# Translating a Wave Function

In algebra, or pre-calc, you learn that you can change the position of a function by modifying the argument. In quantum physics this idea is used to displace wave functions. If a function starts off at one position, and moves to another position, all that is needed is a change in argument. However, quantum physics likes to use linear operators to alter functions. What would an operator look like if it can change the argument of a function? In this post, I will construct a 1-D example of such an operator.

A general wave function can be written as: $\Psi (x)$, where the shape of $\Psi$ is dependent on the spatial variable $x$.
To translate a function by distance $a$, modify the argument of $\Psi$,
To move the function right by $a$, $\Psi(x) \rightarrow \Psi (x-a)$
To move the function left by $a$, $\Psi(x) \rightarrow \Psi(x+a)$
Let’s just take the $\Psi(x+a)$ example, and without loss of generality say that $a$ can be positive or negative.
Next we can take advantage of Taylor expansions.
A function $f(x)$ can be expanded around a point $a$: $f(x) = f(a) + (x-a)\frac{d}{dx}f(a) + \frac{(x-a)^2}{2!} \frac{d^2}{dx^2}f(a) + ...$
Here, in our example, we want to expand $\Psi(x+a)$ around $x$, to express the translated function $\Psi(x+a)$ in terms of the original function $\Psi(x)$:
$\Psi(x+a) = \Psi(x) + a\frac{d}{dx}\Psi(x) + \frac{a^2}{2!} \frac{d^2}{dx^2} \Psi(x) + ...$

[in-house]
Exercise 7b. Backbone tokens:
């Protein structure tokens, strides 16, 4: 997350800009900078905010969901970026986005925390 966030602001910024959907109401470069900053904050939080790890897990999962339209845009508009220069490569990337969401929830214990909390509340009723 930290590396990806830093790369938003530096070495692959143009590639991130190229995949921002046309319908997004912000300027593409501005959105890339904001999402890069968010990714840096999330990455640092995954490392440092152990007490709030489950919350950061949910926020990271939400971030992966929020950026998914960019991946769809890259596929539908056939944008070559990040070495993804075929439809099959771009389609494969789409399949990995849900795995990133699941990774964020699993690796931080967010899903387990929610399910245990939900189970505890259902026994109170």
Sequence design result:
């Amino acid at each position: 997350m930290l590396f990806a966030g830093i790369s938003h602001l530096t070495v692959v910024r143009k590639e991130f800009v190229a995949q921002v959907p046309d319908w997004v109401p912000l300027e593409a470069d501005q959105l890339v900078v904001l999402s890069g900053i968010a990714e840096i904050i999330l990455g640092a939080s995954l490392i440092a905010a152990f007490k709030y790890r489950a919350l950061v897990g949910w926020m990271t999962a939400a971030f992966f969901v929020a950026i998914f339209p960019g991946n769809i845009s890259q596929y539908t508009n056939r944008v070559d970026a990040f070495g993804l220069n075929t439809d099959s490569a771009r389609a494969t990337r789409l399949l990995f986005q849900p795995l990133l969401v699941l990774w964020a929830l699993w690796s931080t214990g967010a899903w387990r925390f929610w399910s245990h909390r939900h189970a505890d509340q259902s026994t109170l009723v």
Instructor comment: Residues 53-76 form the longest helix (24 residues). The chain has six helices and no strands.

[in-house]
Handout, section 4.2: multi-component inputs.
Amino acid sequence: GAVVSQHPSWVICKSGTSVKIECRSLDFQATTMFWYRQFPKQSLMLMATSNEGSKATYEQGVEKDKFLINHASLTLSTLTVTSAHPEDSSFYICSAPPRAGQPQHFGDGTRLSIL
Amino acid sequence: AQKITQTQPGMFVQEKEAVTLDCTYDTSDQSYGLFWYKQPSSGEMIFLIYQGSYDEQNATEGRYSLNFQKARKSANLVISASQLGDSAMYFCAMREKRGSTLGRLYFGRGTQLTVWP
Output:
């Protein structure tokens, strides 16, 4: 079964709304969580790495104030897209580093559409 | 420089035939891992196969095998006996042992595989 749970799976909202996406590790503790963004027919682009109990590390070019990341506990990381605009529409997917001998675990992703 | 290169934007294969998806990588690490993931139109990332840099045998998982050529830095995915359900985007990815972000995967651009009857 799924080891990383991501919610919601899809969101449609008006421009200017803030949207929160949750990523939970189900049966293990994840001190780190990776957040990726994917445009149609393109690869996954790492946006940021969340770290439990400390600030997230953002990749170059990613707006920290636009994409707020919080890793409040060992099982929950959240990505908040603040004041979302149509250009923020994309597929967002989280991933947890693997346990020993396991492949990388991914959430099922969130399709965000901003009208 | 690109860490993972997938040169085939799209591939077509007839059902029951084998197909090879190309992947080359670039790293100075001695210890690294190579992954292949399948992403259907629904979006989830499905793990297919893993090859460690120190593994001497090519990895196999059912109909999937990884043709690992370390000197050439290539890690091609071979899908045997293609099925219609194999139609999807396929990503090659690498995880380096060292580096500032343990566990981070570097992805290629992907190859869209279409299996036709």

Note: $\frac{d}{dx} = \frac{i}{\hbar} p$.
A more complete version of this expression would be:
$\Psi(x+a) = \sum\limits_{n=0}^{\infty} \frac{a^n}{n!} \frac{d^n}{dx^n} \Psi(x) = \Psi(x) + \sum\limits_{n=1}^{\infty} \frac{a^n}{n!} \frac{d^n}{dx^n} \Psi(x)$
This sum’s structure is similar to the Taylor expansion of the exponential function.
$e^x = 1 + x + x^2/2! + ... = \sum\limits_{n=1}^{\infty} \frac{x^n}{n!}$
Every operator in the $\Psi(x+a)$ expansion can be reduced into an simplified operator: $\Psi(x+a) = e^{a\frac{d}{dx}} \Psi(x)$
$= e^{\frac{ai}{\hbar} p} \Psi(x).$
This new operator $e^{a\frac{d}{dx}}$ can be expanded to return to what we had before: $e^{a\frac{d}{dx}} = \sum\limits_{n=0}^{\infty} \frac{a^n}{n!} \frac{d^n}{dx^n}$.
So the translated function is a version of the original function with a specific type of interference. Such that the structure is: $Translated = Original + Interference$.
$\Psi(x+a) = \Psi(x) + \sum\limits_{n=1}^{\infty} \frac{a^n}{n!} \frac{d^n}{dx^n} \Psi(x) = \Psi(x) + \Delta(a)\Psi(x)$
We can reduce the operators in the interference terms into an exponential in the usual way:
$\Delta(a) = \sum\limits_{n=1}^{\infty} \frac{a^n}{n!} \frac{d^n}{dx^n}$
$= e^{a \frac{d}{dx} } - 1$

The expectation value $\left< e^{a\frac{d}{dx}} \right>$ characterizes the average overlap between $\Psi(x)$ and $\Psi(x+a)$.
$\left< e^{a\frac{d}{dx}} \right> = \left< \Psi(x) \right| e^{a\frac{d}{dx}} \left| \Psi(x) \right>$
$= \left< \Psi(x) | \Psi(x+a) \right>$
$= \left< \Psi(x) \right| 1 + \Delta(a) \left| \Psi(x) \right>$
$= 1 + \left< \Delta(a) \right>$
The expectation value of the translation operator is then unity plus the expectation value of the interference operator.
$\left< \Delta (a) \right> = \sum\limits_{n=1}^{\infty} \frac{a^n}{n!} \left< \frac{d^n}{dx^n} \right>$
$= \sum\limits_{n=1}^{\infty} \frac{(ia)^n}{(\hbar)^n n!} \left< p^n \right>$
The interference expectation value is shown to be an expectation value of a function of the momentum operator.
In the case of localized waves, as $a$ gets much greater than the width of $\Psi(x)$, the interference term approaches -1, since the overlap between the original and translated wave function decreases. This is equivalent to the original and displaced wave function becoming more and more orthogonal.
limit $_{a\rightarrow \infty} \left< \Delta (a) \right> = -1$
limit $_{a\rightarrow \infty} \left< \Psi(x) | \Psi(x+a) \right> = 0$